Calling A Mayday: The Drill

Calling a MAYDAY is a complicated cognitive, affective, and psychomotor skill set that relies on a radio and the communication system, both human and hardware, that gets the call for help.

At the second prop, the firefighters quickly realized they were not getting out of whatever had fallen on them, so few needed to be prompted to call the MAYDAY. This time restricted movement challenged them because the fence was all around them. Many had to remove the radio from the pocket. Since they had performed the EIB skill once before, they knew they could do it, so they just kept working at it. As the firefighter's EIB skill proficiency level increased, their LUNAR transmission was more accurate.

At the third prop there was no restriction on them physically. Many tried to break down the door; we did not let them do that. Most still had to remove the radio to activate the EIB. They gave LUNAR, but few reported that they were in a bathroom. Only one needed to be prompted to call the MAYDAY after about 2 minutes of just sitting in the room.

At the fourth prop, they were tired and quickly realized their forward movement was stopped. In most cases the "swim technique" did not reveal the rope, so they called a MAYDAY. Their LUNAR usually did not include the fact that they were now trying to exit the building they were still reporting "division one, kitchen, ventilation, trapped."

Only one firefighter was observed to have no difficulty pushing the EIB in the pocket; he even did it without lifting the pocket flap. During the second drill period, Firefighter J.B. Hovatter was observed having not put his radio down in the pocket. He had taught himself to put the pocket flap down inside the pocket and hook the radio clip over the chest strap of the SCBA. This technique positioned the radio halfway down in the pocket keeping the controls outside the pocket, but still securing the radio to the firefighter. He quickly activated the EIB every time. It was decided to teach this technique, "The Hovatter Method", to all remaining firefighters, whose performance level increased dramatically. (photo 11)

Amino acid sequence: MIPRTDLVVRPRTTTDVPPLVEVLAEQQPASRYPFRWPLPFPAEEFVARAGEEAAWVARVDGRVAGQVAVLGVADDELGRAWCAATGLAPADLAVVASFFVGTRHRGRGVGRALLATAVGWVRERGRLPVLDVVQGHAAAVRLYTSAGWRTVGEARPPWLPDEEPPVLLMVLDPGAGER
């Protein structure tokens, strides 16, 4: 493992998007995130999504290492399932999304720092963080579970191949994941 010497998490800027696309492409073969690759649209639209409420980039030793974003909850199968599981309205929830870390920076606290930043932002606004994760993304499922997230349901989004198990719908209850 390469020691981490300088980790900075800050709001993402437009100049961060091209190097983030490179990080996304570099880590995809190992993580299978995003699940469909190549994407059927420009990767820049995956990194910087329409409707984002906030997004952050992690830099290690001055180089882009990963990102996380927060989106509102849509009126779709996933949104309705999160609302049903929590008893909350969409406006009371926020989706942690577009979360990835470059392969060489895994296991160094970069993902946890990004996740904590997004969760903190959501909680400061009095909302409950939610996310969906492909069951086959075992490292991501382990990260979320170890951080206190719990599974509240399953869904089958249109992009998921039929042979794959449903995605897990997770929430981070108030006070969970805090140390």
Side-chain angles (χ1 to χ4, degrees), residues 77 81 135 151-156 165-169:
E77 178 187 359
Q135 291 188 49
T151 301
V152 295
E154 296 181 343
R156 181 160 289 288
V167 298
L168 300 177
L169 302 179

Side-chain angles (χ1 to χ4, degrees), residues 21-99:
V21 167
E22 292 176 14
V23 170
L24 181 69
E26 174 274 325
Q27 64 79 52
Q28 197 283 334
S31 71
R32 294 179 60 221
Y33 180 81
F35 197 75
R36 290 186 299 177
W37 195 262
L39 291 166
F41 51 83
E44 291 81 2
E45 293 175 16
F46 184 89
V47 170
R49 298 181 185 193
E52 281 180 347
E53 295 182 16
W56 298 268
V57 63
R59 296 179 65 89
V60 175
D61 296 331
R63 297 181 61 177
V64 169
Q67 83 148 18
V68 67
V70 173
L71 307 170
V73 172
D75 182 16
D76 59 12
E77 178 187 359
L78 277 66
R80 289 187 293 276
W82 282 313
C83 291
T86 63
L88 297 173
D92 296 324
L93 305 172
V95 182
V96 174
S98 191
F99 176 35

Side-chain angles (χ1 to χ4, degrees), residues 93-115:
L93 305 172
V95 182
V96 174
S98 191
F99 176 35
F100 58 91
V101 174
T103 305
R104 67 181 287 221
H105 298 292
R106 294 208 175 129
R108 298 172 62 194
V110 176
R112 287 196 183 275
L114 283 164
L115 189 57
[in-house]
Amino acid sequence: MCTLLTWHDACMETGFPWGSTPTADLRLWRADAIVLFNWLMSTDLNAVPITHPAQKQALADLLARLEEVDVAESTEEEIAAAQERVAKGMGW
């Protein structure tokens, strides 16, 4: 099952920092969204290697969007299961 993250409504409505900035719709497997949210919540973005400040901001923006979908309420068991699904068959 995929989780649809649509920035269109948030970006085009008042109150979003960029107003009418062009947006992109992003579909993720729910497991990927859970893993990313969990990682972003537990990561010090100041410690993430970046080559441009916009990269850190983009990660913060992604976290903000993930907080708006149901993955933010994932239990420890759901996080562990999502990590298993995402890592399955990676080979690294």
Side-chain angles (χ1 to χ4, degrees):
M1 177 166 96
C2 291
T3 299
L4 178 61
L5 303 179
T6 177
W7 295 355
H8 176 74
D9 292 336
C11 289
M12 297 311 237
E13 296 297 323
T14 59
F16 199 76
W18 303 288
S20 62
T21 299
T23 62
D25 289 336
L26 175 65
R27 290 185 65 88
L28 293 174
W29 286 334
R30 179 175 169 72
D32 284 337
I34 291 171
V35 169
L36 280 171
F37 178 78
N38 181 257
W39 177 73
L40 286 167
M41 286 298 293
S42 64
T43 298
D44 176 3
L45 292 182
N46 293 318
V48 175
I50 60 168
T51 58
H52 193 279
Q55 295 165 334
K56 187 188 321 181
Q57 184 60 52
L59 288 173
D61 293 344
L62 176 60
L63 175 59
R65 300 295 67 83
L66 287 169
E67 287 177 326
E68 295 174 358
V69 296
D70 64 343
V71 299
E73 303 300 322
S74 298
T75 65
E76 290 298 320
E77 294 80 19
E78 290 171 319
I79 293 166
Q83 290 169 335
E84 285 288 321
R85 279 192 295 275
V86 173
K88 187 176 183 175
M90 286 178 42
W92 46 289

A discussion session was held with the class after each drill to show what the props were and to get feedback. Overwhelmingly, they said it was an important learning experience and they all agreed the drill should go department wide.

What some participants said: Division Chief Allen Williams, Health and Safety Officer for the AACOFD who observed the drills said: "Hopefully firefighters will do all they can to not need to call a MAYDAY. However, firefighting is dangerous and the risk is there. Firefighters are reluctant to call MAYDAY. The training forced them to call MAYDAY. The training was excellent. The training is a very good risk management strategy."

Battalion Chief Dave Berry said: "This training shocked them into calling a MAYDAY. It took some of the bravado out of them. It doesn't matter what rank you are we can all get into a situation where we need to call MAYDAY. The drill became the great equalizer. In training it is difficult to shock a person into calling MAYDAY without hurting them; these props can do that. I know now that my battalion can call a MAYDAY if they have to."

Captain Leroux said: "We needed to be coached through calling a MAYDAY; it did not come naturally. We had machismo and self-doubt. Should I or shouldn't I call MAYDAY, I'll be embarrassed. We learned how important it is to call MAYDAY quickly while you still can think and explain where you are and answer questions. It is my crew and I that go in and will be using this skill. When you get in a MAYDAY situation you are going to be so stressed out - calling MAYDAY has to come natural and this training will help."

A firefighter: "When they dropped that fence on me I realized I was done. You are calling people to come get you out. I had to concentrate on getting to the button and calling a MAYDAY."

Some veteran firefighters said, "?it was the best training we have ever received in our career."

Lessons learned: